US airport security officers fear exposure as cases rise
WASHINGTON, D.C. – At least six Transportation Security Administration officers have tested positive for the new coronavirus and dozens were in self-quarantine Monday as the disease takes an increasing toll on an agency critical to the safety of U.S. aviation.
TSA said it was providing safety training to employees and operations were running smoothly. It stood by its decision to not provide officers with respirators as their union requested last week.
Union leaders said they were still concerned, even as a major drop in traffic at the nation's airports seemed to reduce the potential for exposure. Officers screen 2 million passengers around the country on a typical day.
Joe Shuker, a vice president for the union representing workers in the region that includes Philadelphia and Washington, said he was surprised the government hadn't shut down air traffic.
“Our guys can’t stay six feet away from anybody, we’re patting people down," Shuker said. 'We’re putting people at risk for no reason.”
TSA over the weekend announced the positive test of an officer at Orlando International Airport who had last been at work March 10. The officer was being treated and all employees who came into contact with the person over the previous two weeks were in self-quarantine at home.
There was an earlier positive test by an officer at the Fort Lauderdale-Hollywood International Airport and four at the airport in San Jose, California.
The TSA did not disclose the total number of employees in isolation because of the exposure but the American Federation of Government Employees, which represents the nearly 46,000 officers, said about 40 workers at just the San Jose airport were told to self-quarantine.
Around the globe, airline bookings are plummeting and cancellations soaring as governments restrict travel and people fear being enclosed in an airplane for several hours during a pandemic that has sickened more than 180,000 people and killed more than 7,100.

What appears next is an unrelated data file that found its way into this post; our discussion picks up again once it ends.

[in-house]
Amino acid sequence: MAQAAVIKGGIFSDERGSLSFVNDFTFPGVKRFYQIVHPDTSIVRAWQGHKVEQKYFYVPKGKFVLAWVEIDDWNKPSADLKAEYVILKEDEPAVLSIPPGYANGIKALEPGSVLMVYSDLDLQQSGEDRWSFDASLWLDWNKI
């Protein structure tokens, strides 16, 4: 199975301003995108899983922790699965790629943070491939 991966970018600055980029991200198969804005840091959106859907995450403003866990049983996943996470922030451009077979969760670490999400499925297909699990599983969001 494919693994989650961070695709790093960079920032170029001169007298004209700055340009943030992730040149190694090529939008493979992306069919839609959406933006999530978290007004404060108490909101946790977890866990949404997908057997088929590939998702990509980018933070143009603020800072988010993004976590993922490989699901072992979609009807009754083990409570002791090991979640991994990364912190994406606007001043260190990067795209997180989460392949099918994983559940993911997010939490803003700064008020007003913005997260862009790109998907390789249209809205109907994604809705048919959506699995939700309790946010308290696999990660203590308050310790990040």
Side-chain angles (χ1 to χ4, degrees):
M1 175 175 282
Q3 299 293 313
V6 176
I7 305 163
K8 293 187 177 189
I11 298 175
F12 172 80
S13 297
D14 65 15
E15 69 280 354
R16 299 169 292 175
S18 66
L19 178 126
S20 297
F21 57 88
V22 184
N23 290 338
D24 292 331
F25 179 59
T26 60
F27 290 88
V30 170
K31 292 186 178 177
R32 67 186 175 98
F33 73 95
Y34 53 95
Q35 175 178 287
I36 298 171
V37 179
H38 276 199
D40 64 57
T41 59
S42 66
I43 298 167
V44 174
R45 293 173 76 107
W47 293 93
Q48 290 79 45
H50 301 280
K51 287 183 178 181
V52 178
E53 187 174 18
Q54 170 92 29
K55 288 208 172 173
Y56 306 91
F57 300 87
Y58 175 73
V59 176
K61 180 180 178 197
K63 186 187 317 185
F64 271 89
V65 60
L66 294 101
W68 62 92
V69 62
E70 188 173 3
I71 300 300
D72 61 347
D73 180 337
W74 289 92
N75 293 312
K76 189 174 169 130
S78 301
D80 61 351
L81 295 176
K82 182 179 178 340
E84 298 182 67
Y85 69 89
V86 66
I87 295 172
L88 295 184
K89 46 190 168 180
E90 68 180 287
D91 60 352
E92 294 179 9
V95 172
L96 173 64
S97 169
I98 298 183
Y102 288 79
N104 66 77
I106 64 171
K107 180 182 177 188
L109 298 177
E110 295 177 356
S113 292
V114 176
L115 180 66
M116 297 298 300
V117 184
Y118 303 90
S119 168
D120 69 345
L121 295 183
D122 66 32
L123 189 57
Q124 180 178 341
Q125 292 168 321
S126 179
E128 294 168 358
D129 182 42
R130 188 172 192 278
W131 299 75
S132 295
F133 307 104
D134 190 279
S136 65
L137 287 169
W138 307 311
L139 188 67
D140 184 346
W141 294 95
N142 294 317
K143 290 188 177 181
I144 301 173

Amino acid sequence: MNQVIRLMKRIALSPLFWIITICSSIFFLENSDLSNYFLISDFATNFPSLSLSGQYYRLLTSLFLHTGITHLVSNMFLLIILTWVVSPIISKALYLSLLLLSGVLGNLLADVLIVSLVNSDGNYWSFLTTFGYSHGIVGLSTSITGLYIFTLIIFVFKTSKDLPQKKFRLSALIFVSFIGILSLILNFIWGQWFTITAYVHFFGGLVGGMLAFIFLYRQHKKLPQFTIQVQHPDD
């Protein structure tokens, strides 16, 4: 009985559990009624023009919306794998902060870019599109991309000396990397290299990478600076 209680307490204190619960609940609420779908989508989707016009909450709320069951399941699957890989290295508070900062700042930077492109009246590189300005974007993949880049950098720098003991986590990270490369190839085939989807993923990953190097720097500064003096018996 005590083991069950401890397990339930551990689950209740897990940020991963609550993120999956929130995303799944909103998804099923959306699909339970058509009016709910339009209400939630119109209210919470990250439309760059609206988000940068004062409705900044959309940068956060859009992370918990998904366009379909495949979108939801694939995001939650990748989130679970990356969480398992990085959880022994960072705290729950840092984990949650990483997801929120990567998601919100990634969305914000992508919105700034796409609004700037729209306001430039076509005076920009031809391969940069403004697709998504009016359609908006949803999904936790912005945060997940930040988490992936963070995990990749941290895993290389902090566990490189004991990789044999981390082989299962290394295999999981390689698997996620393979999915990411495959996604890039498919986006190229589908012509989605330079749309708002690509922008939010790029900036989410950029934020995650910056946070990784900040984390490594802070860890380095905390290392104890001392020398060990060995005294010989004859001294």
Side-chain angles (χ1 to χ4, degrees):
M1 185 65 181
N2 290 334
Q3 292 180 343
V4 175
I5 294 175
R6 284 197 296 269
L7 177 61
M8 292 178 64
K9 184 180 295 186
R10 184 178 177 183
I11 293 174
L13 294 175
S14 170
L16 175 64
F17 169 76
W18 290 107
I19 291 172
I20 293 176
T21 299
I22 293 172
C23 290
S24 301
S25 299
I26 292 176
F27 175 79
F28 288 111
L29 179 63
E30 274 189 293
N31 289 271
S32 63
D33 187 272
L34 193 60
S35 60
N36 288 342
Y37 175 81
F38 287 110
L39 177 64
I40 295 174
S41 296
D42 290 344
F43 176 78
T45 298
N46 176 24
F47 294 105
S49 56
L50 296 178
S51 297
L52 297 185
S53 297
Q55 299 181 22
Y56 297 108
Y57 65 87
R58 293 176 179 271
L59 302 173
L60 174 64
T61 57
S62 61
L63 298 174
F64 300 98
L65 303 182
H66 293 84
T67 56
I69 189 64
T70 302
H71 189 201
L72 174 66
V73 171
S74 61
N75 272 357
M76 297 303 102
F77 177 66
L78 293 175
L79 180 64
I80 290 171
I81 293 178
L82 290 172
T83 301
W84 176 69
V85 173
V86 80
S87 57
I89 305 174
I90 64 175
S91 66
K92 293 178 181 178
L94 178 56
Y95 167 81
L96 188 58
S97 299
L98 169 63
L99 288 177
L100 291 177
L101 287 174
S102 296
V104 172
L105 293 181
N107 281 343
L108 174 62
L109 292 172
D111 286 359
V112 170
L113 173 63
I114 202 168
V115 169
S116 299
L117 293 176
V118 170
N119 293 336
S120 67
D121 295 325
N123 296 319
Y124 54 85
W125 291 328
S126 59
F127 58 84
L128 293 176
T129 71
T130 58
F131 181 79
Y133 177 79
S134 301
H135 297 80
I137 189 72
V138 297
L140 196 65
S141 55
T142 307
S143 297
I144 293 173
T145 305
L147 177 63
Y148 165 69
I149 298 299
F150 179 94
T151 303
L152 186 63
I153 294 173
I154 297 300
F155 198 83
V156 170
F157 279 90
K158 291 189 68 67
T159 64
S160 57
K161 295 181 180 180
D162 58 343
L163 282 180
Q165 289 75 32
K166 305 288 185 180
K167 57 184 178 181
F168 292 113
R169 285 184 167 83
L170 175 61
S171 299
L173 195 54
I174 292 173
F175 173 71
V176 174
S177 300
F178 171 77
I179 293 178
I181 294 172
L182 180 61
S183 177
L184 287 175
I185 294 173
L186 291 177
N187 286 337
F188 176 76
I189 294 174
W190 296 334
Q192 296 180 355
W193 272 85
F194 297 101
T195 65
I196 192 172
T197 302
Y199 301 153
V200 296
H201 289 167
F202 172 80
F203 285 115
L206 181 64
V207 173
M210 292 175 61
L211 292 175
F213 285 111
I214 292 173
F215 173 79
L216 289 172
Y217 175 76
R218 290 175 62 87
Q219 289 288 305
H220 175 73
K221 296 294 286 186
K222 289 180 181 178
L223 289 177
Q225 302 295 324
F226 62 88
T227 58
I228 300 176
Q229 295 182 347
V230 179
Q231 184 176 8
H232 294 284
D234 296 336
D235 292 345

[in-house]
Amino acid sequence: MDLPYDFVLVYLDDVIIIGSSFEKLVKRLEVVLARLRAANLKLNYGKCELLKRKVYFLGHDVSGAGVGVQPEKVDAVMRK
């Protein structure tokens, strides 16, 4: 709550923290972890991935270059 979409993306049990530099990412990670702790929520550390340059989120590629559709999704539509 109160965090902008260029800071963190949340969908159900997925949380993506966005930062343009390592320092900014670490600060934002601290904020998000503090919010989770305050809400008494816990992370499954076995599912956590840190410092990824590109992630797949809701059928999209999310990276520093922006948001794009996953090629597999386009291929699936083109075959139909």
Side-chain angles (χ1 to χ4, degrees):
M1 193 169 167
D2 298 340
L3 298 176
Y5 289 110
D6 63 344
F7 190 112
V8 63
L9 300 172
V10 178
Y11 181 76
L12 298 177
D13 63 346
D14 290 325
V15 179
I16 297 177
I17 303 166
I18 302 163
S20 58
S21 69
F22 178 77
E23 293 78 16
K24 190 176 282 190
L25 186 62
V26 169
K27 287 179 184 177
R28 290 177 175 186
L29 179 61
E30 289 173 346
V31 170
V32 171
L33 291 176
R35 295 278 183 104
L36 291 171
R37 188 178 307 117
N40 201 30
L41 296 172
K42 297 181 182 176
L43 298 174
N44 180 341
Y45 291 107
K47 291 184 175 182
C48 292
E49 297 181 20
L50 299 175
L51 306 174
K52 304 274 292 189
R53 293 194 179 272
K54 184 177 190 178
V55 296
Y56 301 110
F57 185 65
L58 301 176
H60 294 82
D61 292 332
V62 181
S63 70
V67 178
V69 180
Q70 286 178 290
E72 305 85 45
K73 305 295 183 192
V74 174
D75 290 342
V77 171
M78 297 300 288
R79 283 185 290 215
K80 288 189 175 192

TSA said checkpoints remain open though some lanes may be closed. Shuker said the Philadelphia airport was unusually quiet. ““There are enough people because nobody is flying,” he said. "This place should be packed right now on a Monday,”
AFGE sent a letter last week to the TSA director asking that he provide respirators because surgical masks they were given are insufficient for officers who “are uniquely susceptible to this outbreak." The request was denied.
The agency said in response to The Associated Press that neither the CDC nor the Occupational Safety and Health Administration recommends respirators for the officers and says the equipment should be reserved for workers in the riskiest situations such as medical personnel.
“TSA follows OSHA and CDC guidance related to personnel protection,” it said in a written statement.
The agency said it was requiring officers to wear nitrile gloves while checking people and baggage to add an extra layer of protection and instructing them not to reuse swabs used in screening, among other measures.
Gary Holdsworth, a union vice president for the local in Northern California, said there has not been any mass sickout in response to the outbreak despite the increasing stress of potential exposure. “You don’t want to panic and you don’t want to be paranoid, but when you are in a spot where you are seeing the public every day you have no idea,” he said.
Greg Biel, a union regional vice president in Portland, Oregon, said workers were frustrated about what they see as a poor job planning for the outbreak but weren't letting that interfere with their work. “From what I can see, everybody is coming to work and doing the job they were brought on board to do," he said.
Koenig reported from Dallas.
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